Discussion in 'The Darkroom' started by slickhare, Dec 7, 2005.
they seem to be all the rage now and i was wondering if the technique is limited to digi-cams?
multiple exposures... trick is to halve the iso (under expose a stop) per clone.. so if you're using 400 ISO film and want to take two clone shots expose twice at 200ISO. someone else'll be able to explain t beter and perhaps fill me in in more detail.. hope that's a start..
Actually stingray you can't do it with multiple exposures - sorry!
No is the short answer with film.
'Yes - sort of' is the short answer :hertz:
It's tricky on 35mm because you have to tighten the rewind spool, press the rewind release and then wind on - and hope the film doesn't move.
It's simple on 6x6 and upwards because you cock the shutter separately.
Don't mess with the ISO.
Use a tripod. Take a meter reading and divide it by the number of multiple exposures that you want. Then expose at the new reading for the required number of times.
Gives 4 exposures at f8@1/60th
As long as you don't move the camera the scene will record normally so if you move something around in there you will get 'ghost' images of it.
Another way is to do it in the dark, lock the shutter open and use flash. In this case you do not need to adjust exposure, just set the aperture for the flash guide.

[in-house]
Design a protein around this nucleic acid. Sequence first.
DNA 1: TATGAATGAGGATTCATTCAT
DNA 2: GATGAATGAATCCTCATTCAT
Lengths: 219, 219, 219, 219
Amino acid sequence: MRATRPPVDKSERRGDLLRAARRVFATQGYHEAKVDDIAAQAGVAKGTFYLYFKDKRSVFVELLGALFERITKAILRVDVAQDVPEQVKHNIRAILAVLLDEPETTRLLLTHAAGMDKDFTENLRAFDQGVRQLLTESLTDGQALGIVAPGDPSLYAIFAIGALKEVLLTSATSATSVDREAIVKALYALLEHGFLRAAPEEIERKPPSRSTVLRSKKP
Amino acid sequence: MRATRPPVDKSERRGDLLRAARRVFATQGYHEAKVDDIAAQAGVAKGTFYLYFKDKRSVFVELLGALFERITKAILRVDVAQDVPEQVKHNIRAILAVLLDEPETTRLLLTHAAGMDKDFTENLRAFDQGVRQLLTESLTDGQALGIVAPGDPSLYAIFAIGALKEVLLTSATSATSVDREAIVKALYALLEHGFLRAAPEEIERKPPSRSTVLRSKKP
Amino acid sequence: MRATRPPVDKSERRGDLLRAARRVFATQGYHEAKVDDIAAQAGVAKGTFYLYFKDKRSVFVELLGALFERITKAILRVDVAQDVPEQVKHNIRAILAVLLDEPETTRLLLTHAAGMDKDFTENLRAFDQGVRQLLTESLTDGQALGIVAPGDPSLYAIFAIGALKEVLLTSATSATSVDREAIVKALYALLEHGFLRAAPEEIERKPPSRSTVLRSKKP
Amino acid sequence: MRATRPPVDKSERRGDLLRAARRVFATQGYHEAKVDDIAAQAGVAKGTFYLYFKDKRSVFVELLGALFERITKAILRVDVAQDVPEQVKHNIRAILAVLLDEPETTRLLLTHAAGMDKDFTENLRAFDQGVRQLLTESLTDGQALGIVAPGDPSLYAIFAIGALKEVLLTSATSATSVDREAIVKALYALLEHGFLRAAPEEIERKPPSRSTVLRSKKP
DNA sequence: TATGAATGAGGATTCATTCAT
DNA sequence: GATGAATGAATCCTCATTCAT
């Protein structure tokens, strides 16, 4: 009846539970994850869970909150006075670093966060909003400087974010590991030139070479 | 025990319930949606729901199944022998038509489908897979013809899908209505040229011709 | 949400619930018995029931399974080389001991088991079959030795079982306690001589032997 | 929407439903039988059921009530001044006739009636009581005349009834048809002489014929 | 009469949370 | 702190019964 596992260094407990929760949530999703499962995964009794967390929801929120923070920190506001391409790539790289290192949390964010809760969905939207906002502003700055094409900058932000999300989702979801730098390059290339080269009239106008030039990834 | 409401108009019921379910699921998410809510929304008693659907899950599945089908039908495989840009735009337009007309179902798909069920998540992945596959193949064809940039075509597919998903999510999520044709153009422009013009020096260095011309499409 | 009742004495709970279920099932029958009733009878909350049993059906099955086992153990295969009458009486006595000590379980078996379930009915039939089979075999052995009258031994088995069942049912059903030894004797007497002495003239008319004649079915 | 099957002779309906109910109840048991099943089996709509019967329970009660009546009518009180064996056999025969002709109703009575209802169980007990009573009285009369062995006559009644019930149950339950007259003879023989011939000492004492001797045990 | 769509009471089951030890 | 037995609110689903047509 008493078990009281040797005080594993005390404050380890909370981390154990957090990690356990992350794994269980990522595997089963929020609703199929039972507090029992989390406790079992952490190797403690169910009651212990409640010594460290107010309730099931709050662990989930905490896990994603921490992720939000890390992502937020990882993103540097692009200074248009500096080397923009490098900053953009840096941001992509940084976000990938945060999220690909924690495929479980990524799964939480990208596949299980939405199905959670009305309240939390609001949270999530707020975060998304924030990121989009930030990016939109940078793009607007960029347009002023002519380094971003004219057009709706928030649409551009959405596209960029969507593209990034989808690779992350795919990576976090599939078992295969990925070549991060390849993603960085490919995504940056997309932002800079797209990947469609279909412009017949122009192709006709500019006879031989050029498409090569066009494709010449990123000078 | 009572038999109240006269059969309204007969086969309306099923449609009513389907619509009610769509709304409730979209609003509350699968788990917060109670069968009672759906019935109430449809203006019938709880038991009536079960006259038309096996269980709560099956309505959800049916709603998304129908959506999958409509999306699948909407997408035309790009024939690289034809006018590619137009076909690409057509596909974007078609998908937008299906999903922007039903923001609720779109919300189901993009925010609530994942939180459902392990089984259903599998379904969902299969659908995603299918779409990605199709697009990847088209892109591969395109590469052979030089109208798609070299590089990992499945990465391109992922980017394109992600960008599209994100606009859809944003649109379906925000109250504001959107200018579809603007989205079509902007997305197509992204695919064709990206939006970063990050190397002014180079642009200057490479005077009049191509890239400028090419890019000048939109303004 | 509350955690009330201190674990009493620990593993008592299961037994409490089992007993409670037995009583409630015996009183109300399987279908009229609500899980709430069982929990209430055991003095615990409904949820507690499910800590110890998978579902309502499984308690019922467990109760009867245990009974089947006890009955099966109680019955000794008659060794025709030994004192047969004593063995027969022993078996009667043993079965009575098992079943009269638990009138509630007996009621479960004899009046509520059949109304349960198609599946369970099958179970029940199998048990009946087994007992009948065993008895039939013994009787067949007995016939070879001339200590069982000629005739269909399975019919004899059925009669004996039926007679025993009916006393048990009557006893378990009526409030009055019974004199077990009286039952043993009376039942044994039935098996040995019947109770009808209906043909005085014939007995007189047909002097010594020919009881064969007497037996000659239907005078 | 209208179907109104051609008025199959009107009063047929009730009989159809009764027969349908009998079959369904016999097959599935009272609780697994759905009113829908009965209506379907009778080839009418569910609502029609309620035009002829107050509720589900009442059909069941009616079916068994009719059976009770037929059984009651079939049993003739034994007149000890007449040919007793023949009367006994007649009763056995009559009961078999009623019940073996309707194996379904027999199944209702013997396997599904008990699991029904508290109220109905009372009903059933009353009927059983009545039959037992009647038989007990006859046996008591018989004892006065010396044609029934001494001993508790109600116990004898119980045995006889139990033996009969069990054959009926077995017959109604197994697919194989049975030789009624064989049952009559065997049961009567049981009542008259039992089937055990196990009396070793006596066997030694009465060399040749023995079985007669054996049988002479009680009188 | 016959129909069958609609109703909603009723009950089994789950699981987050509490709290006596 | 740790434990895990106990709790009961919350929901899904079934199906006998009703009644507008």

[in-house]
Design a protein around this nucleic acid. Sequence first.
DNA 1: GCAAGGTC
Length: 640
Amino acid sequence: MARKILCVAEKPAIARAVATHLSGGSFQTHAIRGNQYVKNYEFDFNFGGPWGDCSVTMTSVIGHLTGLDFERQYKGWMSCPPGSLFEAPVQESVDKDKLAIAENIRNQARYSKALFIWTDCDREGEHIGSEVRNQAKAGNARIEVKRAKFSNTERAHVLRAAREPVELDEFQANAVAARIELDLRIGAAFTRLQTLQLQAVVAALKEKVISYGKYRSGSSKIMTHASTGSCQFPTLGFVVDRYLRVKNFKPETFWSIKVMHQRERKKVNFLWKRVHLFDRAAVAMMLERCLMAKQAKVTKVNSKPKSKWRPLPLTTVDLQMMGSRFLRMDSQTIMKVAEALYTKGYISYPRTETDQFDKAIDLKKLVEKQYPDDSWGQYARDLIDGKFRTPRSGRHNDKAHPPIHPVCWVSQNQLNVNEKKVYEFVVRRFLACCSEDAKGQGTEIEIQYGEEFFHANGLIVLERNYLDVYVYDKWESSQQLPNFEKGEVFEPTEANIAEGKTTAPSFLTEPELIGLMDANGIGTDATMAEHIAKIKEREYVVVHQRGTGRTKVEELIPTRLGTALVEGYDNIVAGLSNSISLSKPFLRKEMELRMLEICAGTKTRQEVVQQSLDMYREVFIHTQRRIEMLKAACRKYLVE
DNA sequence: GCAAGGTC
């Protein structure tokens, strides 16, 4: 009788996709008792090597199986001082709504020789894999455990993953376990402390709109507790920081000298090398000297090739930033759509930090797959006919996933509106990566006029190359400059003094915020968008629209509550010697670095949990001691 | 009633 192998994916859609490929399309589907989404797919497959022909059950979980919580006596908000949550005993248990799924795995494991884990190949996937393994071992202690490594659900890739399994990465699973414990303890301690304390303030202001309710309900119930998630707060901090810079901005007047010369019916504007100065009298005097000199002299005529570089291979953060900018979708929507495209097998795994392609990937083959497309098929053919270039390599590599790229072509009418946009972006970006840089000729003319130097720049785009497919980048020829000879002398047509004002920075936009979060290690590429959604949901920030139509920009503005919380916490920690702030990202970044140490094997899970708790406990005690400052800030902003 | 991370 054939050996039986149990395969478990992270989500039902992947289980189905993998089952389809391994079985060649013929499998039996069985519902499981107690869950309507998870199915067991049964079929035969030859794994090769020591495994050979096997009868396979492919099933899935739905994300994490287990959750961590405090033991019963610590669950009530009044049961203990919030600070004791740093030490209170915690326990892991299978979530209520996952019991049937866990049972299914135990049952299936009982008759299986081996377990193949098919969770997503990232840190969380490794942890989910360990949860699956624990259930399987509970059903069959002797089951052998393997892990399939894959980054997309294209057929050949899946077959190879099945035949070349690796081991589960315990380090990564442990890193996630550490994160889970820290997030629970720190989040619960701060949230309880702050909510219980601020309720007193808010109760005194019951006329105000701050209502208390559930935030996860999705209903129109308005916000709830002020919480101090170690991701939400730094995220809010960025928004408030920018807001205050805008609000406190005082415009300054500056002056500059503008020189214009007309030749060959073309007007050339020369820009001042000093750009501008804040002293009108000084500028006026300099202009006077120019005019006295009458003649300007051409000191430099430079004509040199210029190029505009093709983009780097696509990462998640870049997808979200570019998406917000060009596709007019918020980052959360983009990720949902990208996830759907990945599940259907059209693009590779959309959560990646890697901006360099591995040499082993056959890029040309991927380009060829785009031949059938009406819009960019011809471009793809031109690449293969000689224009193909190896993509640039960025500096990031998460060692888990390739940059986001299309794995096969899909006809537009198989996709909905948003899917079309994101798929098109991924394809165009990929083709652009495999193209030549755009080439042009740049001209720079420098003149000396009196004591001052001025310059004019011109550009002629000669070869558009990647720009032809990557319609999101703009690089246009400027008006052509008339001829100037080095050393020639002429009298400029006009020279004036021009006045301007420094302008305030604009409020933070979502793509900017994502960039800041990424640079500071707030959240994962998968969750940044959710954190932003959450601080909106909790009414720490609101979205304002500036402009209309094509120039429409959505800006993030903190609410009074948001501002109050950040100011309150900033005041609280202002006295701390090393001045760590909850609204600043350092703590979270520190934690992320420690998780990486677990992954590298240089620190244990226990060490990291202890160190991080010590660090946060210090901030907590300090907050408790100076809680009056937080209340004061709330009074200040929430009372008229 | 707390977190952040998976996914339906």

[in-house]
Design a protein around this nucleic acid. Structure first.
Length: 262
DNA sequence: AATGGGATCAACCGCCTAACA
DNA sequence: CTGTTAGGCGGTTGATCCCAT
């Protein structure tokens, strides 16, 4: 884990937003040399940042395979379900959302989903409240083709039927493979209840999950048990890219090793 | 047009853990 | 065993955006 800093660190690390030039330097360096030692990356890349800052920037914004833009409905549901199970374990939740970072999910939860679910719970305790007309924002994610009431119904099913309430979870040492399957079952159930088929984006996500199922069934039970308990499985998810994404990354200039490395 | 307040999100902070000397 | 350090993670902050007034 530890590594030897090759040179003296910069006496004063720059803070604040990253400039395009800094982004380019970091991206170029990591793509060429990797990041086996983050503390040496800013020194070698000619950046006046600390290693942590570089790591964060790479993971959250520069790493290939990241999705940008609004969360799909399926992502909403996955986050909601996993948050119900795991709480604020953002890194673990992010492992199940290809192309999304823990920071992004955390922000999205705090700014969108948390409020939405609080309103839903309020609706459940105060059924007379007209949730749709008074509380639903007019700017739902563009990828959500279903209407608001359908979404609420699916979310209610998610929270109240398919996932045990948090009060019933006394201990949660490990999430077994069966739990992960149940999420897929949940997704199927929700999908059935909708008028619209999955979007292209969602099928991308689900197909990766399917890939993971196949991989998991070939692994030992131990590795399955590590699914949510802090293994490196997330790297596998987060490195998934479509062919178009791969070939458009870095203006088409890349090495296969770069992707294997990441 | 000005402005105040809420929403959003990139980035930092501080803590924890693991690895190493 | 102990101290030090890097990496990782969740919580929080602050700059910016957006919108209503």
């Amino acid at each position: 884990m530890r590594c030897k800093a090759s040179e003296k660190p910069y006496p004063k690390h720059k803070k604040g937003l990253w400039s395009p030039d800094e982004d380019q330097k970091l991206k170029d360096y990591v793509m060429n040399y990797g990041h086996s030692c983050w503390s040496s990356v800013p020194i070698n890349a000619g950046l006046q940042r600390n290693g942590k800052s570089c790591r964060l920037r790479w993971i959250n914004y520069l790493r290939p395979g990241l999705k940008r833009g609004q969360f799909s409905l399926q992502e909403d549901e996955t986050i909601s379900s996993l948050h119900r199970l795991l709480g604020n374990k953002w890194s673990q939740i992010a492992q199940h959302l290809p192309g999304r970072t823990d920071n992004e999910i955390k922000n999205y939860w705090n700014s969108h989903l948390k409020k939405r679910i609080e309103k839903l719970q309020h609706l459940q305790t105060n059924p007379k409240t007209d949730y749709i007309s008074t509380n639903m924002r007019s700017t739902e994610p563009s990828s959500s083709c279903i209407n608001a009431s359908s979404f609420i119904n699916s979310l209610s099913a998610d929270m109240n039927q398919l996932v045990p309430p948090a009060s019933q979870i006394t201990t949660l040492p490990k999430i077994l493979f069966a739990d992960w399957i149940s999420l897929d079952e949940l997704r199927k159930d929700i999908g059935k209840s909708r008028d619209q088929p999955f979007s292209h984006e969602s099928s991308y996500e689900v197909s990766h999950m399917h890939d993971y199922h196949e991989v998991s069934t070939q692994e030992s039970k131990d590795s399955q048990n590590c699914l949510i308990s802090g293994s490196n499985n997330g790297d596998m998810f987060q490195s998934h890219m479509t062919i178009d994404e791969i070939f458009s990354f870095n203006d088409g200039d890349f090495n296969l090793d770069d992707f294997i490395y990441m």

Yeah but then you've got loads of ghosts, which isn't as cool as loads of solid people. Or shoes.
I still think a man like you Hertz should be suggesting people try more arcane old-school techniques like negative splicing or bulb-flash or somesuch. :hertz:
Mattes inside the camera is the best way - but it only works with 5x4 and 10x8.
I did some killer multiple exposures with my EOS-1 it's in the program of the camera to where you can get 1 to 9 multiple exposures to every one picture
Just a thought, how about taking a bunch of different underexposed shots and stacking the negs?
The end result can look 'muddy' if the conditions aren't right and you stack more than 3 or 4.
The old way was to do a photomontage with the neg. There were guys who could strip out the three layers of a colour film, montage various bits of neg or tranny together, retouch and the finished result would have fooled anyone. I worked on a car shot where we took five different shots in four different locations and the image was assembled in the lab. Even I had a hard time seeing the joins.
But those guys got paid a heck of a lot more than the photographers did.
The other way, as I have said, is to use mattes inside the camera.
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